1. Analytical Software (2003) Statistix 8.0. Analytical Software, Tallahassee, FLGoogle Scholar
  2. Barkley TM (ed) (1986) Flora of the Great Plains. University Press of Kansas, Lawrence, KSGoogle Scholar
  3. Baskin CC, Baskin JM (1998) Seeds – ecology, biogeography, and evolution of dormancy and germination. Academic Press, San DiegoGoogle Scholar
  4. Bernard JM (1990) Life history and vegetative reproduction in Carex. Can J Bot 68:1441–1448Google Scholar
  5. Bohnen JL, Galatowitsch SM (2005) Spring Peeper Meadow: revegetation practices in a seasonal wetland restoration in Minnesota. Ecol Restor 23:172–181Google Scholar
  6. Budelsky RA, Galatowitsch SM (1999) Effects of moisture, temperature, and time on seed germination of five wetland Carices: implications for restoration. Restor Ecol 7:86–97CrossRefGoogle Scholar
  7. Budelsky RA, Galatowitsch SM (2000) Effects of water regime and competition on the establishment of a native sedge in restored wetlands. J Appl Ecol 37:971–985CrossRefGoogle Scholar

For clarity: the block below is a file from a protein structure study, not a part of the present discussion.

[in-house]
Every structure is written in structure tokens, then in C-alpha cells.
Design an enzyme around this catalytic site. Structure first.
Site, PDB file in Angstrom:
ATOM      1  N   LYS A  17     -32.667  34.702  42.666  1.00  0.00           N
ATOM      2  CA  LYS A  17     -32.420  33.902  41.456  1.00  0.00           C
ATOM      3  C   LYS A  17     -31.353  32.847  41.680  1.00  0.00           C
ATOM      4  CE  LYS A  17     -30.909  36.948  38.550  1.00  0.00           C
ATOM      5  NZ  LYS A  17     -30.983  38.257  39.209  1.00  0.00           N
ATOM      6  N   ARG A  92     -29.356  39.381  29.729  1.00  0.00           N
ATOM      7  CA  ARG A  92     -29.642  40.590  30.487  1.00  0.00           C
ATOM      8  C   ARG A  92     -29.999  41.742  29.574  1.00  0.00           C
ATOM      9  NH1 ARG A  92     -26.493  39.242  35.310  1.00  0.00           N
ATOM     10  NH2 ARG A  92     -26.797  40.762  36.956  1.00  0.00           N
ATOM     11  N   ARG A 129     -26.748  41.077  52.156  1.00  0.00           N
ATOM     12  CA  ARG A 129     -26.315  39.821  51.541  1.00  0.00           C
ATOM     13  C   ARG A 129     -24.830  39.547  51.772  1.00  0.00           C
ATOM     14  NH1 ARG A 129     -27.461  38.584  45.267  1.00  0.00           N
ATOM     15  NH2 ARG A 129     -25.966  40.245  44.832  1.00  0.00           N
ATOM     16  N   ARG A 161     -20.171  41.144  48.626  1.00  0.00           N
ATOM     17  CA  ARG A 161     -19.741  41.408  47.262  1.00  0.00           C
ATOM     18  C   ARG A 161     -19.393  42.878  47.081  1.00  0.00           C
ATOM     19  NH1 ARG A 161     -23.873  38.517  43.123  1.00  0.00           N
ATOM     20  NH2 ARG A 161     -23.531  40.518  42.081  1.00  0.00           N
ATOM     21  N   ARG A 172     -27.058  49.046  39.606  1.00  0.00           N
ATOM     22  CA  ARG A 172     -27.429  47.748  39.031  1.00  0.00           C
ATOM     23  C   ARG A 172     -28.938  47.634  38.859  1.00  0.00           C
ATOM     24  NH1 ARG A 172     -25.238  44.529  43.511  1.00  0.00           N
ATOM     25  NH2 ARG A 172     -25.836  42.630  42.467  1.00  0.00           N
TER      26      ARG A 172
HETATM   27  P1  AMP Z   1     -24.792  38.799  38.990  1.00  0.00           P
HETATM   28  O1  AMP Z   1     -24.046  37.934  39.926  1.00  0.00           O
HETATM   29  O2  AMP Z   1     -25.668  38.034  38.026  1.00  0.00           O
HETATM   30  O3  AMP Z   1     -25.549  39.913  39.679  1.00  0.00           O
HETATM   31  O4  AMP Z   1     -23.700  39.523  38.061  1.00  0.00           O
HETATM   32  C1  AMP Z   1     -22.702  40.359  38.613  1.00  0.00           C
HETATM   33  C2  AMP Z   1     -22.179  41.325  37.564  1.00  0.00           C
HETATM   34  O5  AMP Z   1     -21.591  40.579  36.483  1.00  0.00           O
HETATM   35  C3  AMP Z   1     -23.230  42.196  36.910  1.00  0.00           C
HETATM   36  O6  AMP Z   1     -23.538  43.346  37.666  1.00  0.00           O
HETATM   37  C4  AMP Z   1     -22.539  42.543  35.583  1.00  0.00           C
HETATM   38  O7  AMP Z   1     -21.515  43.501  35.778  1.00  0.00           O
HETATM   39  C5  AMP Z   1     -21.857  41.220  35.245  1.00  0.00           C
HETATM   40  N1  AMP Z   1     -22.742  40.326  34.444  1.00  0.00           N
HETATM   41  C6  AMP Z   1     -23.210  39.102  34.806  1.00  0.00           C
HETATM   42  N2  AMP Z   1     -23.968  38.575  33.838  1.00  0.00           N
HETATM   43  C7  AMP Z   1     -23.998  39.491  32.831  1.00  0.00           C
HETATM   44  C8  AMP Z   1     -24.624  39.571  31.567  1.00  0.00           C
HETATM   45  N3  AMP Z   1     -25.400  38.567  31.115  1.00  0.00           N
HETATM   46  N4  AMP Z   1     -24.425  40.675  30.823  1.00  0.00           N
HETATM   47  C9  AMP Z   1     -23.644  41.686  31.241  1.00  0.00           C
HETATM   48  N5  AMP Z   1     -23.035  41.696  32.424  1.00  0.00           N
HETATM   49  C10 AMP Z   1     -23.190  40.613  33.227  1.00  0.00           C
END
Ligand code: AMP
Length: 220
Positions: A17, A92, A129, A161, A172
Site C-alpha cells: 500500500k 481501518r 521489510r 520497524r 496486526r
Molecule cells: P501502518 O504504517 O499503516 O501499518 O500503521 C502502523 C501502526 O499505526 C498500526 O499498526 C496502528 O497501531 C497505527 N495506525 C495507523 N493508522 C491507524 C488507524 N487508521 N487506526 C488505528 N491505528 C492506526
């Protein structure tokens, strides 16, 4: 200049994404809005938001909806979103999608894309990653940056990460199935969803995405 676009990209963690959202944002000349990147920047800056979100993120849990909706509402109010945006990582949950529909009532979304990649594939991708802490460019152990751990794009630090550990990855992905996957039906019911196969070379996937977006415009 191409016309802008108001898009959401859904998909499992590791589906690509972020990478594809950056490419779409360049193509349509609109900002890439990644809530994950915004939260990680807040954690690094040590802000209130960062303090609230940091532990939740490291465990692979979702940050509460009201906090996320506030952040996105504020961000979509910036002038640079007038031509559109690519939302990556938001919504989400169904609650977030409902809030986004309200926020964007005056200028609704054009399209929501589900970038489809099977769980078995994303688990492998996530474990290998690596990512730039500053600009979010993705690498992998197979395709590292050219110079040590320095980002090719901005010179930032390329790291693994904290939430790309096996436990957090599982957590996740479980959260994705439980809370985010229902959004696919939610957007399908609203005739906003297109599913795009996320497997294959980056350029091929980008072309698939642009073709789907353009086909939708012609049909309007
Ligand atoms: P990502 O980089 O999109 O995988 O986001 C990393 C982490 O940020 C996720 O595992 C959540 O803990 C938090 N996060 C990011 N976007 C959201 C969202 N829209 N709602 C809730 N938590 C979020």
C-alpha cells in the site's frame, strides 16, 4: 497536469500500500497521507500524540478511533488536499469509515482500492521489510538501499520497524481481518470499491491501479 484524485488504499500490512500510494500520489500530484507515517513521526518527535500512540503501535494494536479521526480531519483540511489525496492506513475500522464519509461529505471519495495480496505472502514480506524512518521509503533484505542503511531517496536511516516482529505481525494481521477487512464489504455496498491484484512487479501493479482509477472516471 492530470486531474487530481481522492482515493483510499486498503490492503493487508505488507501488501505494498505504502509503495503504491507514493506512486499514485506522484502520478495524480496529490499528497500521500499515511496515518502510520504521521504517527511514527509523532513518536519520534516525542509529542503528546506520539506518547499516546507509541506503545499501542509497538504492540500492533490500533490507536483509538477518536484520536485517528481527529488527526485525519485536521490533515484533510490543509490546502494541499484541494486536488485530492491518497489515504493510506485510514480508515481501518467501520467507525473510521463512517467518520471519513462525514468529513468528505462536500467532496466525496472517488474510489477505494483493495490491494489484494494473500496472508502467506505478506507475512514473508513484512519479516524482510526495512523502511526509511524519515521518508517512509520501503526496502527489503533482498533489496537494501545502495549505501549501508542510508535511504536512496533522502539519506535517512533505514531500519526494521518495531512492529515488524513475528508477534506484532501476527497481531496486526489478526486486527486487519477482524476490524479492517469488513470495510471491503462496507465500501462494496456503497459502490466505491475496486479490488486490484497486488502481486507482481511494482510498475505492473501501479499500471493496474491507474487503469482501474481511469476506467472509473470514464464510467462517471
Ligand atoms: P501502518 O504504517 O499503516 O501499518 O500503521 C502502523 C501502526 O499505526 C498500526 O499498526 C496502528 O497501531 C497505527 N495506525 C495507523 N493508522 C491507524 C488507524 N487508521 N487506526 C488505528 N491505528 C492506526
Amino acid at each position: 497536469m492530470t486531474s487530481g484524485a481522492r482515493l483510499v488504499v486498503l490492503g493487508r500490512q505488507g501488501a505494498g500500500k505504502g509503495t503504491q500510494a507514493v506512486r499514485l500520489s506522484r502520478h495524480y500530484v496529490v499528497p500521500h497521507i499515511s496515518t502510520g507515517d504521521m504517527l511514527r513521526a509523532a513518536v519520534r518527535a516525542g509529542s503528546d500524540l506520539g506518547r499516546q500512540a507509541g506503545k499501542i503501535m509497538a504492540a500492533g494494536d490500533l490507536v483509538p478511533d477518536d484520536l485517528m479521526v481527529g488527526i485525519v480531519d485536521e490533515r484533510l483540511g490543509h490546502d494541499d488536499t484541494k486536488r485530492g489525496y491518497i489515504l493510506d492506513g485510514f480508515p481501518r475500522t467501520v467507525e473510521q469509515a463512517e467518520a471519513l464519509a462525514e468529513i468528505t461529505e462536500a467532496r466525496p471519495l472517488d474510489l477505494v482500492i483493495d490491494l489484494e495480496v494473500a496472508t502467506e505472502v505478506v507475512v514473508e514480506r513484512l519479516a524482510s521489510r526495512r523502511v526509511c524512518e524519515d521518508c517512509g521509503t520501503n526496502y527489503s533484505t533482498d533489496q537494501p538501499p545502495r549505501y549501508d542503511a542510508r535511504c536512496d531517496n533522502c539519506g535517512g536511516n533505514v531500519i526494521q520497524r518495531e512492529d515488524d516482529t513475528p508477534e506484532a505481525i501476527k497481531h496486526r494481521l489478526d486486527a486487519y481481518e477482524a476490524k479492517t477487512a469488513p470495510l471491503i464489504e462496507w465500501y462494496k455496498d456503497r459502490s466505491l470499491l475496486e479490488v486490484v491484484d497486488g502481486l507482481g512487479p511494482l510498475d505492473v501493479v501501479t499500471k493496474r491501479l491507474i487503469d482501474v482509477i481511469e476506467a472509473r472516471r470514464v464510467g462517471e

8. Budelsky RA, Galatowitsch SM (2004) Establishment of Carex stricta Lam. seedlings in experimental wetlands with implications for restoration. Plant Ecol 175:91–105CrossRefGoogle Scholar
  9. Burton PJ, Burton CM (2002) Promoting genetic diversity in the production of large quantities of native plant seed. Ecol Restor 20:117–123Google Scholar
  10. Clewell A, Rieger JP (1997) What practitioners need from restoration ecologists. Restor Ecol 5:350–354CrossRefGoogle Scholar
  11. Diboll N (1997) Designing seed mixes. In: Packard S, Mutel CF (eds) The tallgrass restoration handbook for prairies, savannas, and woodlands. Island Press, Washington, DC, pp 125–150Google Scholar
  12. Forbes BC (1993) Small-scale wetland restoration in the high Arctic: a long-term perspective. Restor Ecol 1:59–68CrossRefGoogle Scholar
  13. Galatowitsch SM, Biederman LA (1998) Vegetation and seedbank composition of temporarily flooded Carex meadows and implications for restoration. Int J Ecol Environ Sci 24:253–270Google Scholar
  14. Galatowitsch SM, van der Valk AG (1996a) Characteristics of recently restored wetlands in the prairie pothole region. Wetlands 16:75–83Google Scholar
  15. Galatowitsch SM, van der Valk AG (1996b) Vegetation and environmental conditions in recently restored wetlands in the prairie pothole region of the USA. Plant Ecol 126:89–99Google Scholar
  16. Galatowitsch SM, van der Valk AG (1996c) The vegetation of restored and natural prairie wetlands. Ecol Appl 6:102–112CrossRefGoogle Scholar